This piece of wood has gone a long way from a tree, through a log and finished as timber. I still remember that sycamore tree growing in my backyard. It was cut down and I saved a couple of logs for future projects – the rest ended as firewood. Before I put those logs away, whilst they were still wet, I chopped them in half with an axe to speed up the drying process. A few years passed and they were ready. One of those logs, I clamped in my SuperJaws and with my jack plane, I gave it one straight and flat edge. All by hand, with hand tools and eyeballed. Still very precise! I’m a professional after all.
When the opportunity arose, I further processed the piece with a thickness planer – having in mind the cutting capacity of my table saw. I still left it a bit oversized, just in case, it’s not too thin. The next step was to attach it to a straight edge, using double-sided tape and an additional piece of wood to fill out the gap and prevent rocking.
I got something that looked very square and was still a bit too big for my needs. Just because it was hardwood and very tough for my crosscut blade (that I mostly use for softwood) I decided to do further resizing using different machinery. A thickness planer was the tool of my choice. I left some bark on one edge because I knew it’d be gone when I cut the sides.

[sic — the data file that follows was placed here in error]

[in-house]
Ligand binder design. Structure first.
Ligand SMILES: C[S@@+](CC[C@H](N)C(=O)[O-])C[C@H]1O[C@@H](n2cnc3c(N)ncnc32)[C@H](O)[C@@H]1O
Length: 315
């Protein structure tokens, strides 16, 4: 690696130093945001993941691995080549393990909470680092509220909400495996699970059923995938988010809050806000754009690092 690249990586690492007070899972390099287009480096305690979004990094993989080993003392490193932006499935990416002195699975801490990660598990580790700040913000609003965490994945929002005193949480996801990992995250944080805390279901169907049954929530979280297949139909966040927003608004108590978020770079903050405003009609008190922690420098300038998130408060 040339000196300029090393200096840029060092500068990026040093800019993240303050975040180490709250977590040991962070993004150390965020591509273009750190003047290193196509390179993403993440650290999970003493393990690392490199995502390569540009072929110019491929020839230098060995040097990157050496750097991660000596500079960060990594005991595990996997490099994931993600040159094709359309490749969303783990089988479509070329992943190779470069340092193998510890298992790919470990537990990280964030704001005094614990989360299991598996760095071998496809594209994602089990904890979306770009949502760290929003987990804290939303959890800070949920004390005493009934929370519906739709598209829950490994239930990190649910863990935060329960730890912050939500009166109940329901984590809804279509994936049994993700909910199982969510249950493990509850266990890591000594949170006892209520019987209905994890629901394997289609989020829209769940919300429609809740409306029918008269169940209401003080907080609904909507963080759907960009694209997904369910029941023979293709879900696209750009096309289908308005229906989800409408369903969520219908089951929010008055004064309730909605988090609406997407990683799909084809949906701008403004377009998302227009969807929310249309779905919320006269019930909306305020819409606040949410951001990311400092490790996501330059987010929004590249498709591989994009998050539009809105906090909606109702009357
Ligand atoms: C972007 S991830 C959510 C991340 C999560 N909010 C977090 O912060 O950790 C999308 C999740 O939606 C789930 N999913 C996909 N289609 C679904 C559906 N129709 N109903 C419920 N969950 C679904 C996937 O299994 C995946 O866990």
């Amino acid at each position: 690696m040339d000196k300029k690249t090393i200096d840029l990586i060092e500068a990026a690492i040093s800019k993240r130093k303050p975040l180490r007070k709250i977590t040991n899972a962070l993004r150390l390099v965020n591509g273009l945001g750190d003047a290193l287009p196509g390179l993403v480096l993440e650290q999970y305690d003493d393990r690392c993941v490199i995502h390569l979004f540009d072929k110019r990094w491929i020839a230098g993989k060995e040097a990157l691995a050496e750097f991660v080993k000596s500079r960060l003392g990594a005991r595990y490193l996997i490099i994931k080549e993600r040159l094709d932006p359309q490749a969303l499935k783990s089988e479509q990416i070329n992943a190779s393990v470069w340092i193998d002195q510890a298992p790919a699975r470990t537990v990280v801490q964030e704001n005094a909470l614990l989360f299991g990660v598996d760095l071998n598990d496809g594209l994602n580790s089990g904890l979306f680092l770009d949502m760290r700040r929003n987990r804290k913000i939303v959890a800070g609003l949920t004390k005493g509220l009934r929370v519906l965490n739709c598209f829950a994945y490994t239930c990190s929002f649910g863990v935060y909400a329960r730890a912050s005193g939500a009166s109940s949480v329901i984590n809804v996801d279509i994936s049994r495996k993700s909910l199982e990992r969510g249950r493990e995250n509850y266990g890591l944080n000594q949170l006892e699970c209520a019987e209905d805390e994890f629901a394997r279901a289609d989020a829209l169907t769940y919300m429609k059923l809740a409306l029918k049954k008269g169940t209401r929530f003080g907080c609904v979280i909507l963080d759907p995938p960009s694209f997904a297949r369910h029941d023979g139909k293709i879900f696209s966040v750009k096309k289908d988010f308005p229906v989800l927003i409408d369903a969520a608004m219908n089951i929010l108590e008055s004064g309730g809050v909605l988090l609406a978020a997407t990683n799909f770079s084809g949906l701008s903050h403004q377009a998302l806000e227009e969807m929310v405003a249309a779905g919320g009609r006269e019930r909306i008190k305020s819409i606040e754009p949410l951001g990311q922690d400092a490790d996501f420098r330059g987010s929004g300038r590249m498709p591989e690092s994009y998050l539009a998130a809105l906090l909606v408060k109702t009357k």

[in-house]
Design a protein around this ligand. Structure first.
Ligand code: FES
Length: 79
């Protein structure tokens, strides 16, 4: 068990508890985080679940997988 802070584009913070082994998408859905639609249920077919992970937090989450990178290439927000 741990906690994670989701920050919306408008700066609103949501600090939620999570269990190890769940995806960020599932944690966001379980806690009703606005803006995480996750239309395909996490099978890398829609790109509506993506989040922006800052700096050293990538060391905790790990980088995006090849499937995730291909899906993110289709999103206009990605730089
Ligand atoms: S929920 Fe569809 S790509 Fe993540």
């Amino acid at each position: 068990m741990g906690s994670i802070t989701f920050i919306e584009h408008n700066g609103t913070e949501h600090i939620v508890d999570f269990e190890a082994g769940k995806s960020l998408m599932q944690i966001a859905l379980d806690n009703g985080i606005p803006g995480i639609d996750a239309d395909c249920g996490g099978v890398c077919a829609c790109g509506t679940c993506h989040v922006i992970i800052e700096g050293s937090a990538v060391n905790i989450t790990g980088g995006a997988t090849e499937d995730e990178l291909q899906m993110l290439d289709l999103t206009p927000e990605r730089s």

I cut the bottom flat and set the blade to 35º. I cut the top and that way both ends were established and could serve as reference points in the jig I was going to make.
I needed 2 blocks of wood, the top one was cut at 37º and the bottom one at 88º – 2º added or subtracted from the angles I created in the previous step. To firmly fix the blocks to the sledge, I used double-sided tape which worked good. I just wanted to save the board from unnecessary holes.
After a few passes the tapers were starting to form, but I noticed that the piece was shifting inside the thickness planer. A quick and easy fix was an additional block of timber screwed to the existing front one. Just in case I drove the screw head deep – to protect the planer’s blades, but not too deep – to save the sledge. That let me finish my planing securely and accurately. I stopped when all the bark was removed.
I sanded everything up to 240 grit using my orbital sander, but the pyramid-like peak was sanded by hand. It was ready for the finish. I applied 2 coats of satin water-based varnish, a.k.a. “vanish”. I gave it a day to dry and buffed it with super fine steel wool and wax. I didn’t apply any wax to the base because I was going to stick some rubber feet to it. That way the obelisk was finished and ready to display.
It’s displayed just above the fireplace, along with my other projects: the tiny house, the head, the aeroplane and the letter K. All these projects and the background wall are in warm colours. Nothing on this wall is cold, quite the contrary – it can be very hot, like the fireplace. This monolith is 55 cm tall (almost 22″) but if it was smaller it wouldn’t be that majestic. It’s perfectly straight and knot-free. Yet another beautiful decoration, made of wood that I sourced myself.